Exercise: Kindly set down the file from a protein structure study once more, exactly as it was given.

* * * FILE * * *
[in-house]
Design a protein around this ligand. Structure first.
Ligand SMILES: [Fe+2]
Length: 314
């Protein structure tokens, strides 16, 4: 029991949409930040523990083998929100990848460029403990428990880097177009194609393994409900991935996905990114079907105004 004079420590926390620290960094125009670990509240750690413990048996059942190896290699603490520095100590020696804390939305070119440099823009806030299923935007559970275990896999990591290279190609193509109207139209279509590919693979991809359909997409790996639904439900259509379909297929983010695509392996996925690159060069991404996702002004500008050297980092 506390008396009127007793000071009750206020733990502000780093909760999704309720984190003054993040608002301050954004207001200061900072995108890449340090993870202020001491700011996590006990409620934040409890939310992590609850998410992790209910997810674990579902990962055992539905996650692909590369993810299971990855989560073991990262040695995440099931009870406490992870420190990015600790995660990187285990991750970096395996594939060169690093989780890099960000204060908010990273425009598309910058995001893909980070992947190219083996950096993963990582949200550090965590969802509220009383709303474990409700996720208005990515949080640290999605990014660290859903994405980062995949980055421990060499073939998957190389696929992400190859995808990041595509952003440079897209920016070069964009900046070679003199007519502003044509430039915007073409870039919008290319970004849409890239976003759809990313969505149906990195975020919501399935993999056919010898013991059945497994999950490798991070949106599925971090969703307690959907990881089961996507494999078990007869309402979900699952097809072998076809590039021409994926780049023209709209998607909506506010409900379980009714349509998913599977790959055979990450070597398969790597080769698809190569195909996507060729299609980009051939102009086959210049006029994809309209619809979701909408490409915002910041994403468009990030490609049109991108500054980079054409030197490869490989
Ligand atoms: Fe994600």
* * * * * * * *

[in-house]
Design a protein around this ligand. Structure first.
Ligand SMILES: [Fe+2]
Length: 314
């Protein structure tokens, strides 16, 4: 029991949409930040523990083998929100990848460029403990428990880097177009194609393994409900991935996905990114079907105004 004079420590926390620290960094125009670990509240750690413990048996059942190896290699603490520095100590020696804390939305070119440099823009806030299923935007559970275990896999990591290279190609193509109207139209279509590919693979991809359909997409790996639904439900259509379909297929983010695509392996996925690159060069991404996702002004500008050297980092 506390008396009127007793000071009750206020733990502000780093909760999704309720984190003054993040608002301050954004207001200061900072995108890449340090993870202020001491700011996590006990409620934040409890939310992590609850998410992790209910997810674990579902990962055992539905996650692909590369993810299971990855989560073991990262040695995440099931009870406490992870420190990015600790995660990187285990991750970096395996594939060169690093989780890099960000204060908010990273425009598309910058995001893909980070992947190219083996950096993963990582949200550090965590969802509220009383709303474990409700996720208005990515949080640290999605990014660290859903994405980062995949980055421990060499073939998957190389696929992400190859995808990041595509952003440079897209920016070069964009900046070679003199007519502003044509430039915007073409870039919008290319970004849409890239976003759809990313969505149906990195975020919501399935993999056919010898013991059945497994999950490798991070949106599925971090969703307690959907990881089961996507494999078990007869309402979900699952097809072998076809590039021409994926780049023209709209998607909506506010409900379980009714349509998913599977790959055979990450070597398969790597080769698809190569195909996507060729299609980009051939102009086959210049006029994809309209619809979701909408490409915002910041994403468009990030490609049109991108500054980079054409030197490869490989
Ligand atoms: Fe994600």